Anyone with a website and something promote can jump on the online advertising train. It’s very easy to set up an account with Google AdWords, Bing, or even Facebook. Most features are very intuitive and it’s indeed tailored to make you spend more and more on advertising. By the by, you can optimize your advertising spending by resorting to attribution. But let’s stick to our topic: online advertising acronyms. When you start reading about online advertising or on choosing your billing method with your ad network, you will run into these acronyms. And many of them are important. Let’s go through the ten most important ones together!
List of online advertising acronyms
What is PPC?
It stands for pay per click. Many advertising networks, including Google AdWords, use it. With this payment method, you pay for each click on the advertising banner. No matter how often your ad is displayed, you only pay if someone clicks on it. As the ad manager, you determine how much you are willing to pay per click (by bidding). While a higher bid means better chances for your ad to appear, other qualitative factors are taken into account. It’s possibly one of the most common online advertising acronyms.
What is CPM?
CPM means cost per mille, mille being the Latin word for one thousand. It is another common billing method used by advertising networks. In this configuration, you pay for the display of your ads. Since such fees are typically very low, the starting price is set at one thousand (mille) impressions. If you pay a $5.00 CPM, you will be charged $5.00 every time your ad has been shown 1,000 times.
What is CPC?
Cost per click (CPC) is very similar to PPC and differentiating them can be tricky. To put it simply, PPC is a method of payment, whereas CPC is a method of measurement. If you are running a PPC advertising campaign, you will want to keep your CPC as low as possible to maximize your return on investment (ROI – see number 10.)
What is CPA?
Cost per action, also known as CPA, is yet another billing method for online adverting. If you choose this method, you pay whenever a visitor triggers a specific action on your site. It can be subscribing to a newsletter, downloading a brochure, filling out a contact form, or placing an order. Your CPA is essential from a business perspective since it is basically what you spend to acquire new leads (or customers).
What is CPI?
Cost per impression, or CPI, is similar to CPM. Well, almost. Since CPM is what you will pay for a thousand impressions, you could say that the CPI is a thousandth of the CPM. If your CPM is $5.00, your CPI is 5/1000 = $0.005.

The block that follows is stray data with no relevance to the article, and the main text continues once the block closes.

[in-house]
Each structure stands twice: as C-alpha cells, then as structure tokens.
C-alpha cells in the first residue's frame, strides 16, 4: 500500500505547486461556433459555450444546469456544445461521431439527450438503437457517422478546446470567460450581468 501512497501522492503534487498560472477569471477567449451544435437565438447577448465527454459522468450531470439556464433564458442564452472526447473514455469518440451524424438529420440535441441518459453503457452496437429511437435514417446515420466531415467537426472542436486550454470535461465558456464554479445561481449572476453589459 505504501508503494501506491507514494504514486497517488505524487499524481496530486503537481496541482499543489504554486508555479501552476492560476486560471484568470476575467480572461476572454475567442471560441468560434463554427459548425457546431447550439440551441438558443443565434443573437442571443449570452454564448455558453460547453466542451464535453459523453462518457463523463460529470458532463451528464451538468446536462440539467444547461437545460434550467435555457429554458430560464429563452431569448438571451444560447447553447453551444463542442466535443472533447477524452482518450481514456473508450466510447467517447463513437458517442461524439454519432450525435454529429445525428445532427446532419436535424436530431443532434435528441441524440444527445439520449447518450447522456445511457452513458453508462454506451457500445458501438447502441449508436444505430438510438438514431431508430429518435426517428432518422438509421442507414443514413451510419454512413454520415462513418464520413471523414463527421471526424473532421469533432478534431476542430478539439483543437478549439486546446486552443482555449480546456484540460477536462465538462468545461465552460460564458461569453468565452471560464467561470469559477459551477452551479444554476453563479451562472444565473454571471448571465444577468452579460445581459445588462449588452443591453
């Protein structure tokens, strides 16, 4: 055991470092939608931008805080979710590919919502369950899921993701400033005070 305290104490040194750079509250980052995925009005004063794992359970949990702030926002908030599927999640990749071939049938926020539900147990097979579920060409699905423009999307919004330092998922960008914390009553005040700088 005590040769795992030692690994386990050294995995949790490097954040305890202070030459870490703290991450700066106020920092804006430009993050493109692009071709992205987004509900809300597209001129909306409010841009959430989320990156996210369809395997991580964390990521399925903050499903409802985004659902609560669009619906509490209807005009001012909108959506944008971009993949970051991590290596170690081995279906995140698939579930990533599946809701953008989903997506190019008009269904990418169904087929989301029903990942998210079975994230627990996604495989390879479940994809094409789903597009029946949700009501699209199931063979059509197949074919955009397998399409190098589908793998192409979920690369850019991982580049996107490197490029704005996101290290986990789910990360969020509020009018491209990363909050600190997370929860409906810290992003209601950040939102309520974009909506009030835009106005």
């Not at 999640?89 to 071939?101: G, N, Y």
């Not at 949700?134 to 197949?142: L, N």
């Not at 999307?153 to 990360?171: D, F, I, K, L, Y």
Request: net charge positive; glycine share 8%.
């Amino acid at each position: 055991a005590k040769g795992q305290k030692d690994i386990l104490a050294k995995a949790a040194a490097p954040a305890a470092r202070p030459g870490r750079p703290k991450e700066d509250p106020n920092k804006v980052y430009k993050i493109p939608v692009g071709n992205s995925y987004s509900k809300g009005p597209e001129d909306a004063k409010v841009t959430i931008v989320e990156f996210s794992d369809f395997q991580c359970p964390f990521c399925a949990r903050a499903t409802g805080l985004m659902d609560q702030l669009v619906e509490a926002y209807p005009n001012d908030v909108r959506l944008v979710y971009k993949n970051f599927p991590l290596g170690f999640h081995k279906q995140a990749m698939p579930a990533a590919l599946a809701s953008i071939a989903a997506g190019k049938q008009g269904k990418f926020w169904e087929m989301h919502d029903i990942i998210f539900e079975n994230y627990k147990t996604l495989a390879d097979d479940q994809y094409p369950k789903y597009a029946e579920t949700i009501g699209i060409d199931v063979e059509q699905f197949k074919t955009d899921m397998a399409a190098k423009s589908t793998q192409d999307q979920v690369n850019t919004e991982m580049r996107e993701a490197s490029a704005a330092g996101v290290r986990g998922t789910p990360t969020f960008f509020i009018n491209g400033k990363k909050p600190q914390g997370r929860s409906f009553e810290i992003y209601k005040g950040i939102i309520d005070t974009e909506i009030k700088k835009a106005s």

What is PPI?
PPI, otherwise known as pay per impression, is very similar to (one might say identical) to CPI. Like PPC and CPC, I like to differentiate them with this sentence: “If you are running a PPI advertising campaign, you will want to keep your CPI as low as possible to maximize your return on investment.”
What is CTR?
CTR means click-through rate. It measures the ratio between how many users click on an ad and how often this ad is displayed. If your ad appears 200 times and 8 users click it, then (8/200)*100, your CTR is 4%. Typically, a successful ad has a higher CTR.
What is VTR?
View-through rate (VTR) is obviously related to the previous item (CTR: click-through rate). While CTR use clicked links as a unit of measurement, VTR focuses on views. It can be, for instance, how many users watched a video ad without skipping it. The VTR is an essential unit of measurement if you run advertising on YouTube or similar video channels.
What is KPI?
KPI is not an acronym exclusive to the world of online advertising. You may encounter it in many business areas, whether online or offline. KPI means key performance indicators. It evaluates the success of your advertising campaign or your marketing operations in general. If your ad aims to convince users to sign up for a paid subscription, your KPI would be the acquisition of new customers.
What is ROI?
Like KPI, ROI is a generic term in the business world. It stands for return on investment. ROI compares the profit derived from the invested capital. To determine the ROI, the formula is ((income – investment) / investment )*100. Let’s take an example to illustrate it. If you spend $5,000 dollars on a campaign and earn $12,000 then ((12,000-5,000)/5,000)*100 = 140% ROI.